Exploring the Behaviour of the Hidden Markov Model on CpG Island Prediction
DNA can be represented abstrzctly as a language with only four nucleotides represented by the letters A, C, G, and T, yet the arrangement of those four letters plays a major role in determining the development of an organism. Understanding the signi cance of certain arrangements of nucleotides can unlock the secrets of how the genome achieves its essential functionality. Regions of DNA particularly enriched with cytosine (C nucleotides) and guanine (G nucleotides), especially the CpG di-nucleotide, are frequently associated with biological function related to gene expression, and concentrations of CpGs referred to as \CpG islands" are known to collocate with regions upstream from gene coding sequences within the promoter region. The pattern of occurrence of these nucleotides, relative to adenine (A nucleotides) and thymine (T nucleotides), lends itself to analysis by machine-learning techniques such as Hidden Markov Models (HMMs) to predict the areas of greater enrichment. HMMs have been applied to CpG island prediction before, but often without an awareness of how the outcomes are a ected by the manner in which the HMM is applied. Two main ndings of this study are: 1. The outcome of a HMM is highly sensitive to the setting of the initial probability estimates. 2. Without the appropriate software techniques, HMMs cannot be applied e ectively to large data such as whole eukaryotic chromosomes. Both of these factors are rarely considered by users of HMMs, but are critical to a successful application of HMMs to large DNA sequences. In fact, these shortcomings were discovered through a close examination of published results of CpG island prediction using HMMs, and without being addressed, can lead to an incorrect implementation and application of HMM theory. A rst-order HMM is developed and its performance compared to two other historical methods, the Takai and Jones method and the UCSC method from the University of California Santa Cruz. The HMM is then extended to a second-order to acknowledge that pairs of nucleotides de ne CpG islands rather than single nucleotides alone, and the second-order HMM is evaluated in comparison to the other methods. The UCSC method is found to be based on properties that are not related to CpG islands, and thus is not a fair comparison to the other methods. Of the other methods, the rst-order HMM method and the Takai and Jones method are comparable in the tests conducted, but the second-order HMM method demonstrates superior predictive capabilities. However, these results are valid only when taking into consideration the highly sensitive outcomes based on initial estimates, and nding a suitable set of estimates that provide the most appropriate results. The rst-order HMM is applied to the problem of producing synthetic data that simulates the characteristics of a DNA sequence, including the speci ed presence of CpG islands, based on the model parameters of a trained HMM. HMM analysis is applied to the synthetic data to explore its delity in generating data with similar characteristics, as well as to validate the predictive ability of an HMM. Although this test fails to i meet expectations, a second test using a second-order HMM to produce simulated DNA data using frequency distributions of CpG island pro les exhibits highly accurate predictions of the pre-speci ed CpG islands, con- rming that when the synthetic data are appropriately structured, an HMM can be an accurate predictive tool. One outcome of this thesis is a set of software components (CpGID 2.0 and TrackMap) capable of ef- cient and accurate application of an HMM to genomic sequences, together with visualization that allows quantitative CpG island results to be viewed in conjunction with other genomic data. CpGID 2.0 is an adaptation of a previously published software component that has been extensively revised, and TrackMap is a companion product that works with the results produced by the CpGID 2.0 program. Executing these components allows one to monitor output aspects of the computational model such as number and size of the predicted CpG islands, including their CG content percentage and level of CpG frequency. These outcomes can then be related to the input values used to parameterize the HMM.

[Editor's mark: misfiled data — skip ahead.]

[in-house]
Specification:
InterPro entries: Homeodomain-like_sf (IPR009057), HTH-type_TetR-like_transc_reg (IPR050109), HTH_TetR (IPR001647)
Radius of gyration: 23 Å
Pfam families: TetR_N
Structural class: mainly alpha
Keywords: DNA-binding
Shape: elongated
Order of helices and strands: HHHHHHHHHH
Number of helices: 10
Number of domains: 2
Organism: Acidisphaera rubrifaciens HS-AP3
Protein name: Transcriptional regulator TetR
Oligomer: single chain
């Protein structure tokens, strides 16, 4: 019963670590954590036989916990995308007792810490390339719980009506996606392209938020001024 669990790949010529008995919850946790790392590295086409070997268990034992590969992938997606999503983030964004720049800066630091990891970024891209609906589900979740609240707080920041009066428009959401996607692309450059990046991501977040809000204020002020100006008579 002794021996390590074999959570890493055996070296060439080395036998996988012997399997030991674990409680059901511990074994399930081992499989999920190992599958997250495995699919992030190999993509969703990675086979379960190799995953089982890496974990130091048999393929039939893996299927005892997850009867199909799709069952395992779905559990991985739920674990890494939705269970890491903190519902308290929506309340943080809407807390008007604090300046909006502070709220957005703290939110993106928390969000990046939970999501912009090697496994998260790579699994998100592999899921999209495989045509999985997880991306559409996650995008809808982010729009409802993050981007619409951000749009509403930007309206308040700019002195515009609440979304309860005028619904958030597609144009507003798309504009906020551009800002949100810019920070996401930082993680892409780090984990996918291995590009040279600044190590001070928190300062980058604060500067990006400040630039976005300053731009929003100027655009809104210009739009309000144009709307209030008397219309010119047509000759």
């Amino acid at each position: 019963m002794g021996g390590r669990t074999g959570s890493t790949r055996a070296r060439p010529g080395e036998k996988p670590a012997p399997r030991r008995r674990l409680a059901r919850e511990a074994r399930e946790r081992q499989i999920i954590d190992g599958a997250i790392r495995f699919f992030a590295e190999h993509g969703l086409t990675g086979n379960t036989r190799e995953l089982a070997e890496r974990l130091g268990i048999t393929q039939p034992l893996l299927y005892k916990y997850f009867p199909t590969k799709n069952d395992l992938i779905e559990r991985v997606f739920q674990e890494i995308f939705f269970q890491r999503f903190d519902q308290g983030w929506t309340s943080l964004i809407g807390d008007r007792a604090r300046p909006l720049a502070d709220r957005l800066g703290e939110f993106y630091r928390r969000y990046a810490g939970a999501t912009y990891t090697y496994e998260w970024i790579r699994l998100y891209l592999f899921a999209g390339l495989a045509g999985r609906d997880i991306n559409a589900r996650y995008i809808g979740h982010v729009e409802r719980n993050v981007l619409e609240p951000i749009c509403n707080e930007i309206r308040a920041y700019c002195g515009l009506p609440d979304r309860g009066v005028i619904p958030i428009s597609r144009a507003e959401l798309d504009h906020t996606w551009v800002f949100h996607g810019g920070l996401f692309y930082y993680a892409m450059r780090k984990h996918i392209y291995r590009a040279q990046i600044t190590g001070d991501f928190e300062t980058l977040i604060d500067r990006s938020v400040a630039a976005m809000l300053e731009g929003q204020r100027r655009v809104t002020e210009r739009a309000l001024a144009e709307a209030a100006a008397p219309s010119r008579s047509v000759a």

DegreeMaster of Science (M.Sc.)
SupervisorKusalik, Tony; Harkness, Troy
CommitteeMcQuillan, Ian; Wu, FangXiang
Copyright DateApril 2013
Hidden Markov Model